The majesty of the film lies in its philosophical commentaries. Franco is a direct contrast to the women portrayed of the era. The 'downing a banana in one gulp', contrary to the opinion of a local San Diego film reviewer, is not designed for the enticement of baser film viewers. It is coupled with Franco's demonstration of her intellect, which showed a mind-body unity that Marco's wife Giulia De Lezze, played by the lovely Naomi Watts, finds "obscene." Where sex is viewed as a vile duty, Franco views it as pleasurable. Where women are relegated to the sidelines of society as mere producers of male heirs, Franco pursues her goals actively. Where husbands are chosen for women out of duty, Franco chooses whom she associates and has sex with. She is the Captain of her fate.

The evolution of the conflict between Maffio Venier (played by Oliver Platt) and Franco presents an interesting transition of Venier's unrequited interest in Franco, to envy of Franco's monetary and intellectual success, to his becoming a "repentant" Christian, and finally to his ascension to the position of chief prosecutor in her inquisition as a suspected "witch." The trial of Franco before the Inquisition foreshadows the transition from early Christian civilization, and its lingering moral values, to the burgeoning Renaissance. Facing a sentence of possible death, this conflict climaxes in Franco's uncompromising, unapologetic, and courageous defense of her life and choices. To me, this makes Dangerous Beauty an incredible "sense of life" of film that should not be missed.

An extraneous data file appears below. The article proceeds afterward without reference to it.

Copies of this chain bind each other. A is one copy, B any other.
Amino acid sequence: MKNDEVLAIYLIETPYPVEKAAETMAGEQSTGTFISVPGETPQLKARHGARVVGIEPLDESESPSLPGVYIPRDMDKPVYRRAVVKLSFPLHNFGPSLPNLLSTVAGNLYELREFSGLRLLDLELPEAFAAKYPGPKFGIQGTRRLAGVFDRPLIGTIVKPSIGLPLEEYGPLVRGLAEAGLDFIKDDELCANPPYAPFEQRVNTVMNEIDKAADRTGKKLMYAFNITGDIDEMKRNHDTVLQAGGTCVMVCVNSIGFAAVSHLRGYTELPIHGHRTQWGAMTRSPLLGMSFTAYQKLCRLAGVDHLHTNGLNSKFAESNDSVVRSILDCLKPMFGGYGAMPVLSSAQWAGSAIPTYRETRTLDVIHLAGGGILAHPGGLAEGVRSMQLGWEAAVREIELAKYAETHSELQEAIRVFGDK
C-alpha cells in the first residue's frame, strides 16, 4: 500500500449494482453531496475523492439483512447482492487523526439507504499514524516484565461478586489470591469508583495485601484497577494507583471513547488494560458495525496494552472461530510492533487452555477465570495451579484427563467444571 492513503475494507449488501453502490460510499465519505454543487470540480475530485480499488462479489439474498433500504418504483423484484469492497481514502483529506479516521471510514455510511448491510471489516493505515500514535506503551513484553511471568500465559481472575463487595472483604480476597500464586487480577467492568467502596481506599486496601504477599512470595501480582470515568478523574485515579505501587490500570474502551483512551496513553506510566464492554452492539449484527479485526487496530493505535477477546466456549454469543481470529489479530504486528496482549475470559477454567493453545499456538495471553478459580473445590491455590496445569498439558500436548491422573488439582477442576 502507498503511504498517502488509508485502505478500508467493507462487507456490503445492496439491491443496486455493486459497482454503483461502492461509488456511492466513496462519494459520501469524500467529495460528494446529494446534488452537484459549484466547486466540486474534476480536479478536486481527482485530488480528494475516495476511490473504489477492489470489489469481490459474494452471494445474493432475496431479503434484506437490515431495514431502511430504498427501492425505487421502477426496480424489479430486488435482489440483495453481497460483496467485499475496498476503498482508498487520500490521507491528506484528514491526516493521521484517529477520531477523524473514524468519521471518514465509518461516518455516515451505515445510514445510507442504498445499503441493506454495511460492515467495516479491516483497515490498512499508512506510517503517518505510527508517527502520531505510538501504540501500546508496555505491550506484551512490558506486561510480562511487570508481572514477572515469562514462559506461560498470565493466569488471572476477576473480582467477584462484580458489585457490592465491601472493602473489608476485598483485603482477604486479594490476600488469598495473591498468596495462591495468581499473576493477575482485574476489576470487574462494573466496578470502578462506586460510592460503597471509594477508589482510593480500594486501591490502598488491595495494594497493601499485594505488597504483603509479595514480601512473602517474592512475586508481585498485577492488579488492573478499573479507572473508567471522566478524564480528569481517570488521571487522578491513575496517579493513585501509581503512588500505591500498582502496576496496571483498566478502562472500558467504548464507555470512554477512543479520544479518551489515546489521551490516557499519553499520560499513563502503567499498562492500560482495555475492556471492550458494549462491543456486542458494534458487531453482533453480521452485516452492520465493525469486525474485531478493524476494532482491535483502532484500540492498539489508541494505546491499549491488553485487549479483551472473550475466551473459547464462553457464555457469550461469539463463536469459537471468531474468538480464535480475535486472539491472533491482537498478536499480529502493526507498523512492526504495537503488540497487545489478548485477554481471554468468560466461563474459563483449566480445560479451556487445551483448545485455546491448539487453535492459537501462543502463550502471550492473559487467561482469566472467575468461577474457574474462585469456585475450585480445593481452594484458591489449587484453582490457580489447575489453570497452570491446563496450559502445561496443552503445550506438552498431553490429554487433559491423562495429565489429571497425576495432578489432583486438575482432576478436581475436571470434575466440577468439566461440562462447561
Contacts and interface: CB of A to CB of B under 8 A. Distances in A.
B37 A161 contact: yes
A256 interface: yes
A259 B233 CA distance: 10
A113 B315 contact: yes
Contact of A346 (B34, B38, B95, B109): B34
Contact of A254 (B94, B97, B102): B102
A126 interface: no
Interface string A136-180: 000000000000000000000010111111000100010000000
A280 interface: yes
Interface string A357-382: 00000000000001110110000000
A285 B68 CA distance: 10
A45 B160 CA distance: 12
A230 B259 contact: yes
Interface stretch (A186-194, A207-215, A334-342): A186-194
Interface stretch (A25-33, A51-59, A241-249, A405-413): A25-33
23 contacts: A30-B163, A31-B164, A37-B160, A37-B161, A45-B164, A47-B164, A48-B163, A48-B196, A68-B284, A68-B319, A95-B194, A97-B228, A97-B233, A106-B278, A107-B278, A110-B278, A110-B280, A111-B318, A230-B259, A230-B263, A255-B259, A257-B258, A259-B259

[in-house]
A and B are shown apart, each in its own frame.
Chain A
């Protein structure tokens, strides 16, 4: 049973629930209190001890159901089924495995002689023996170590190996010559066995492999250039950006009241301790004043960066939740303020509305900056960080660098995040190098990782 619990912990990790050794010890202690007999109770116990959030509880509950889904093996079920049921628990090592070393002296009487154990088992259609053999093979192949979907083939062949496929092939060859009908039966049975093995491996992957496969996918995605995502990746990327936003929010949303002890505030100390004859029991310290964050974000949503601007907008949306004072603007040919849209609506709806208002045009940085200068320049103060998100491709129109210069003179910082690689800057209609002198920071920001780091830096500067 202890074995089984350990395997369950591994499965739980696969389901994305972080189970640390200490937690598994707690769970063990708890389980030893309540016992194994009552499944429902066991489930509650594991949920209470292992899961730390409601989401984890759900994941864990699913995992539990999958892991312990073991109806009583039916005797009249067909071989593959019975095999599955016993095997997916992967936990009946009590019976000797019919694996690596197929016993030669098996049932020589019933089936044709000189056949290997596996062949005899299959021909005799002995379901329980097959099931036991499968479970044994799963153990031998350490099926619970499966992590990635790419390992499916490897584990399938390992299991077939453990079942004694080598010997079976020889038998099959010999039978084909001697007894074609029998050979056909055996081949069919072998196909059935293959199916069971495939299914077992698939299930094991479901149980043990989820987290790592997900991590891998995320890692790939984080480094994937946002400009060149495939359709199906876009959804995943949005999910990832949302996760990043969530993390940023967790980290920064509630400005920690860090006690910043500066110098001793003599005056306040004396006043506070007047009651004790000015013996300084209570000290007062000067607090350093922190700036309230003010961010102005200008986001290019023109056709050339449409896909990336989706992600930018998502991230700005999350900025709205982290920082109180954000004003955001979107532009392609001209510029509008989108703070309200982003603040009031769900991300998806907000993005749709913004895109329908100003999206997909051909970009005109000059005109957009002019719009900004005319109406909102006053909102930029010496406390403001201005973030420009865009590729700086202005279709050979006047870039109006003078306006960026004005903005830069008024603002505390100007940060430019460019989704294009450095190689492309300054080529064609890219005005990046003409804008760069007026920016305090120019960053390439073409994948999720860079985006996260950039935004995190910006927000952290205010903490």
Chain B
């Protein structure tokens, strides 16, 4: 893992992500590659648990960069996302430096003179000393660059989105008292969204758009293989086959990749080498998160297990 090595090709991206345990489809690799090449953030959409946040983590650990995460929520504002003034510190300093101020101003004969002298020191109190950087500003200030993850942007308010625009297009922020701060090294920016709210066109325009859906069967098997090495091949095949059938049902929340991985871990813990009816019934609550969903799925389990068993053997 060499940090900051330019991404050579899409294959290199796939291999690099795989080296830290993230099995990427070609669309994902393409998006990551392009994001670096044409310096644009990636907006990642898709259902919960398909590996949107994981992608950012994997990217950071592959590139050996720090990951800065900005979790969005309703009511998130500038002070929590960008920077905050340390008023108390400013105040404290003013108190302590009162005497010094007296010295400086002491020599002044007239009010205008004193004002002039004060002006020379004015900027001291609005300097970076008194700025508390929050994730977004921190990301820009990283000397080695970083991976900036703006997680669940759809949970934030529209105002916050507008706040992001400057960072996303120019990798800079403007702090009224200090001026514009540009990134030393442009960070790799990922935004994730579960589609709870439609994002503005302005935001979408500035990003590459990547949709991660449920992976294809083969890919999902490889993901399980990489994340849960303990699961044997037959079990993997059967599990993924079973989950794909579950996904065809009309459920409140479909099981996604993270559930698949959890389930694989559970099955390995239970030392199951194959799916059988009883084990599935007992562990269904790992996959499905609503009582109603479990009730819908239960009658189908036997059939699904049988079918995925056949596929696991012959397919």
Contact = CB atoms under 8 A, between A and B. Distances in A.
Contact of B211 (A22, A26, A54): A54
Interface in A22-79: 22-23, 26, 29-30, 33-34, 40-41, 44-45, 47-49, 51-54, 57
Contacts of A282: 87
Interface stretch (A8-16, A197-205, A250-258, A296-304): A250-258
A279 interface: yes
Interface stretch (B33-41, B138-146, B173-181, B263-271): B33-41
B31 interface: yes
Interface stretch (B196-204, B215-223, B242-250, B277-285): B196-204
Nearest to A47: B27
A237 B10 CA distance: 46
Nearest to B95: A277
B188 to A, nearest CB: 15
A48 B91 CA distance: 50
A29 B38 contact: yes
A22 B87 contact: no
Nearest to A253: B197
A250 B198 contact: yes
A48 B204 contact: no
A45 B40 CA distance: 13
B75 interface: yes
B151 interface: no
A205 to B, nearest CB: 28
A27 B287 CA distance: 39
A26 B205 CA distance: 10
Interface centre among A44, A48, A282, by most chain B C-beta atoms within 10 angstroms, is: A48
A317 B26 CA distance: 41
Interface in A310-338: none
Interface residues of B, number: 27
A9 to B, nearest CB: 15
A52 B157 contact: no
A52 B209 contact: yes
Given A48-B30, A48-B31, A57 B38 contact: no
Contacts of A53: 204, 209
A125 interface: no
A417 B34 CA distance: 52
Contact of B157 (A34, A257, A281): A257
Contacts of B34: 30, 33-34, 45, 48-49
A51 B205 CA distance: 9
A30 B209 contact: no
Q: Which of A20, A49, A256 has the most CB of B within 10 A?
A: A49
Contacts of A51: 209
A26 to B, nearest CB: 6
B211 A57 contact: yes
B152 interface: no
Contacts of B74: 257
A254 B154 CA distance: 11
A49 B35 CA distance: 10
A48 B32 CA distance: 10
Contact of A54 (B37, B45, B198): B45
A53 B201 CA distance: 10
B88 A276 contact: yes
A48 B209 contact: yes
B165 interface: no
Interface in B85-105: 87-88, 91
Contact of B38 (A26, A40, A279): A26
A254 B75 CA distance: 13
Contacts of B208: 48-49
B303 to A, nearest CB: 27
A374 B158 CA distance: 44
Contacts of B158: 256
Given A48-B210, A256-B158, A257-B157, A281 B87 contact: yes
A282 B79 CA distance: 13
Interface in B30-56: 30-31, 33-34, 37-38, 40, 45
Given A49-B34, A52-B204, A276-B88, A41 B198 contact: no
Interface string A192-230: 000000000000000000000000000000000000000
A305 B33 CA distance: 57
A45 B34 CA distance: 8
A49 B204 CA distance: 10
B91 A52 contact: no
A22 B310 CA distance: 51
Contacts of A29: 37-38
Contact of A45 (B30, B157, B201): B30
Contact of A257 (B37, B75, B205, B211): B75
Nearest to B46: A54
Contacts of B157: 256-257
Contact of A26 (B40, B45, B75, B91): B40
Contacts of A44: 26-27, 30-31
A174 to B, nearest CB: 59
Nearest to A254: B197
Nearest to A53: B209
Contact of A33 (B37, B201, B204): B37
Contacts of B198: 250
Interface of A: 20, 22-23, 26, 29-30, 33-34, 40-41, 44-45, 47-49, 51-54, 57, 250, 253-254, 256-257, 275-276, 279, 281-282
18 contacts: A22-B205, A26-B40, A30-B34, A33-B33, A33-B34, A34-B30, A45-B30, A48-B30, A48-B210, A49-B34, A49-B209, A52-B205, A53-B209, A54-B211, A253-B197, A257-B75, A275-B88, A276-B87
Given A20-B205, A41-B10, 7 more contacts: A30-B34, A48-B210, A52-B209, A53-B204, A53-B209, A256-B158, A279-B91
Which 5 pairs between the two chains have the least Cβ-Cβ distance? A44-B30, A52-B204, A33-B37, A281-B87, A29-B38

14 people found this helpful
Where the Sidewalk EndsReviewed in the United States on January 31, 2012
5.0 out of 5 stars
Unique romantic film based on historical figures
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I am not typically a fan of romantic movies. I find most of them fairly predictable, so I tend to avoid watching them. However I found Dangerous Beauty to be an exception. It's based loosely on the life of Veronica Franco, a courtesan in 16th century Venice.